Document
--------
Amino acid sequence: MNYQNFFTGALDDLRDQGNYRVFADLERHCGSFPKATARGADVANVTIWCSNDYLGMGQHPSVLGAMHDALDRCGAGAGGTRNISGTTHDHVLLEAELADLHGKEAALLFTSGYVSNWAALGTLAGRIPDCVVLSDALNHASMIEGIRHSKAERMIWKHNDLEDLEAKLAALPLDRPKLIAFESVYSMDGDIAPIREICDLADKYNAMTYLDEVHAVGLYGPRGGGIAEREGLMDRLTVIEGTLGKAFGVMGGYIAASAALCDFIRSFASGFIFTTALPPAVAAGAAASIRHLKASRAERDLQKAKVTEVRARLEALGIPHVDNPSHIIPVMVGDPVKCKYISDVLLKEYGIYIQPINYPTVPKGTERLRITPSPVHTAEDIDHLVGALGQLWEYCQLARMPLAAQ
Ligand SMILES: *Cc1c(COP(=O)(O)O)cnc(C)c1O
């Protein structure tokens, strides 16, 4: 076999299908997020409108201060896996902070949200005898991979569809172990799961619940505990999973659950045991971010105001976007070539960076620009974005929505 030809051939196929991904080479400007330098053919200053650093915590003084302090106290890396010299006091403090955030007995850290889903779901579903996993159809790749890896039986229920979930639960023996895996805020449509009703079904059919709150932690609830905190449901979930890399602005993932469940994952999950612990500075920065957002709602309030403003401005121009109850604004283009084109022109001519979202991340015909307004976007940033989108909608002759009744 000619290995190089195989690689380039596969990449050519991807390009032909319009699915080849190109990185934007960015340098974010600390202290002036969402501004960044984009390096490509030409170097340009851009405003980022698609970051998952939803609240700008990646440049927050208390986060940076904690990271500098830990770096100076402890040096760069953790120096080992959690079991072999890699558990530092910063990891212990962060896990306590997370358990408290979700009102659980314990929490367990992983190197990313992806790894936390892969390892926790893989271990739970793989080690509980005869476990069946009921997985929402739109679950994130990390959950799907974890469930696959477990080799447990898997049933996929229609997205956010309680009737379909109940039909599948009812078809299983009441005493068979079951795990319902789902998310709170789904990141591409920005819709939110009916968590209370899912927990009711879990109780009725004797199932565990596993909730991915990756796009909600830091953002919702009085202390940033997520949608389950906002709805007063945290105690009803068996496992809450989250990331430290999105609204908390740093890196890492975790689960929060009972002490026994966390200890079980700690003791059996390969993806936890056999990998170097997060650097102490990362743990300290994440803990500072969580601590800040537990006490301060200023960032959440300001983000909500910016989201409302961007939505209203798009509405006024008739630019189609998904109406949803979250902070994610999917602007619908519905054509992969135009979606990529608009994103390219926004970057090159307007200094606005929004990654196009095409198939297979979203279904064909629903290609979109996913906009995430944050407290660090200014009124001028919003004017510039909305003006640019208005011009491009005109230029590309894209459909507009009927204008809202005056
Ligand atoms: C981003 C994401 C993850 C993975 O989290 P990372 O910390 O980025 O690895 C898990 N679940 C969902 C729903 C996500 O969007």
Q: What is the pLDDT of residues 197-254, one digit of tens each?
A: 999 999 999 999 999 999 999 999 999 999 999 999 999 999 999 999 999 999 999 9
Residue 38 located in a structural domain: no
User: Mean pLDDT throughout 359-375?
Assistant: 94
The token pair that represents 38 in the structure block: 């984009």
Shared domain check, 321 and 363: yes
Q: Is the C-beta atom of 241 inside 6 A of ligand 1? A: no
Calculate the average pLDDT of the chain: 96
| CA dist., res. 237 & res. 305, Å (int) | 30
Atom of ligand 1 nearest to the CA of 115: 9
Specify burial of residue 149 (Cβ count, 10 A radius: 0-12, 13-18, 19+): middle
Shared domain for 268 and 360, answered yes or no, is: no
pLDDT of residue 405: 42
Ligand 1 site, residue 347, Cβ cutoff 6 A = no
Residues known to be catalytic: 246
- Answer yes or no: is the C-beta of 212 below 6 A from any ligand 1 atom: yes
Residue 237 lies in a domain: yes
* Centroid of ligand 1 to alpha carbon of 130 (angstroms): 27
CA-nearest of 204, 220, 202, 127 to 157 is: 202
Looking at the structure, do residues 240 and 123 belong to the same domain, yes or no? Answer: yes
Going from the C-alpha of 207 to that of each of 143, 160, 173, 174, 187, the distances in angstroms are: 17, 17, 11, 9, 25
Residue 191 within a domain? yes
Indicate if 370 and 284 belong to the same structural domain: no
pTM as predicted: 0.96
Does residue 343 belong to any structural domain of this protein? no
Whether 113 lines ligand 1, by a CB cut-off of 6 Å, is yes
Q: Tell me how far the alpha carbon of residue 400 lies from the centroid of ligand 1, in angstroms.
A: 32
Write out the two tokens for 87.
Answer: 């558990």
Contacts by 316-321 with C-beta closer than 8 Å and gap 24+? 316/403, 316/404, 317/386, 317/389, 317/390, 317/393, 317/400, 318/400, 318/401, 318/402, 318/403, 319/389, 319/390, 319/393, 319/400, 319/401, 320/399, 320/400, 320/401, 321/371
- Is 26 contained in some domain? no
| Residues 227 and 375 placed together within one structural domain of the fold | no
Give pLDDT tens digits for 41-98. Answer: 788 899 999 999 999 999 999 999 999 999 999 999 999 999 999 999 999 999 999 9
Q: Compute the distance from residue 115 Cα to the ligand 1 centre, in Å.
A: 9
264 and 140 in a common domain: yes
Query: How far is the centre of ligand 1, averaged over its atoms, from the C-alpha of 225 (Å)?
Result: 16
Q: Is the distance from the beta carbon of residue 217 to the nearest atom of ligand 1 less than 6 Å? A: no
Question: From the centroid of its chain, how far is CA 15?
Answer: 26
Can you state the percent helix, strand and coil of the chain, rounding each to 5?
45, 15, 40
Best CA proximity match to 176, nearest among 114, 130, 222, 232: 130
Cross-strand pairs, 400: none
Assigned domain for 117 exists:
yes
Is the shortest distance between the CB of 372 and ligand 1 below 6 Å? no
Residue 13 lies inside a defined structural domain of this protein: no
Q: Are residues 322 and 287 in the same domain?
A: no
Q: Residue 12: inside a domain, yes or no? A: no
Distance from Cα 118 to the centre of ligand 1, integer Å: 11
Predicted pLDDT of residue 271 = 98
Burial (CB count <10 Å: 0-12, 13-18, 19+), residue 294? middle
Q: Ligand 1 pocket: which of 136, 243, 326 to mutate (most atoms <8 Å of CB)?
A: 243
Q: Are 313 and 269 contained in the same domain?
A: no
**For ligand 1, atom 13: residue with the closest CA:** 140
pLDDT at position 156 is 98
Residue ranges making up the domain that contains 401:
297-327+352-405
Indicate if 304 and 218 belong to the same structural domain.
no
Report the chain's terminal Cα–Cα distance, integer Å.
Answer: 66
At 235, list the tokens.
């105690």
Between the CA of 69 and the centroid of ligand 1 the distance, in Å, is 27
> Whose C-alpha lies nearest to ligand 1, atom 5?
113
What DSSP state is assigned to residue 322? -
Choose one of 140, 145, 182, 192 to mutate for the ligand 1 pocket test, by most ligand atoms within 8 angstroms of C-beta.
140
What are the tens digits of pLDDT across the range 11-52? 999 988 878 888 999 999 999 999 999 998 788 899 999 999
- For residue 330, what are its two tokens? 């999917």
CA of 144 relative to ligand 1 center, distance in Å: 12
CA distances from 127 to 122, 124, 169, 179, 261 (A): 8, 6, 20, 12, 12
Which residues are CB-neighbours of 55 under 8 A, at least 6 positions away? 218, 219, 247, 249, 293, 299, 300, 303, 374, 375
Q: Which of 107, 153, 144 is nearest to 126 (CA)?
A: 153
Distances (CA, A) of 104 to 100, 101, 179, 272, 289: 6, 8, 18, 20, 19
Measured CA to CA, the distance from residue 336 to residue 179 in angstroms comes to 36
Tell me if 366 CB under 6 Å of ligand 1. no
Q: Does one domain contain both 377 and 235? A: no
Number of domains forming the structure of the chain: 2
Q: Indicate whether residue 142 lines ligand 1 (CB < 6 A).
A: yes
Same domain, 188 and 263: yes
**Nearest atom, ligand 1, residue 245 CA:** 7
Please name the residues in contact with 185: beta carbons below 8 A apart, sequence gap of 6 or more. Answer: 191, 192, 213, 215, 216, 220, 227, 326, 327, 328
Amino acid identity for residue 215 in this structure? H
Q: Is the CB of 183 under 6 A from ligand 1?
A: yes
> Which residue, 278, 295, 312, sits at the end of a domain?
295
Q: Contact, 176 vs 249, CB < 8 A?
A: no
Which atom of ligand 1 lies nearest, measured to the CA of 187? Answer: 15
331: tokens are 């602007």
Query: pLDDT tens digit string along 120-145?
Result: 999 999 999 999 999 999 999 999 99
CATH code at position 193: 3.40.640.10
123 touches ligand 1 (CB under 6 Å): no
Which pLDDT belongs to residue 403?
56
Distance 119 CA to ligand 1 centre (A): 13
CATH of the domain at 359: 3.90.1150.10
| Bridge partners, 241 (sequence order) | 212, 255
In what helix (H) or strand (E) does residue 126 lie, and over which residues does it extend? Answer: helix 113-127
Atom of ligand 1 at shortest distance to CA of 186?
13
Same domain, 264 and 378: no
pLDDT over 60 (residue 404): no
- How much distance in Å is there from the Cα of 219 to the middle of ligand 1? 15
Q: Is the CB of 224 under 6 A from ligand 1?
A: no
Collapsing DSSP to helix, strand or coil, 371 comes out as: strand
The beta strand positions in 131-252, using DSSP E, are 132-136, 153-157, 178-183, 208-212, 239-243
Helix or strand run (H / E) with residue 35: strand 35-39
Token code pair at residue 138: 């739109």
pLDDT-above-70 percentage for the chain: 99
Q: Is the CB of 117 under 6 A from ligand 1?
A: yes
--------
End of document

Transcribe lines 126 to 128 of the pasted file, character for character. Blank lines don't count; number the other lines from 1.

The beta strand positions in 131-252, using DSSP E, are 132-136, 153-157, 178-183, 208-212, 239-243
Helix or strand run (H / E) with residue 35: strand 35-39
Token code pair at residue 138: 């739109």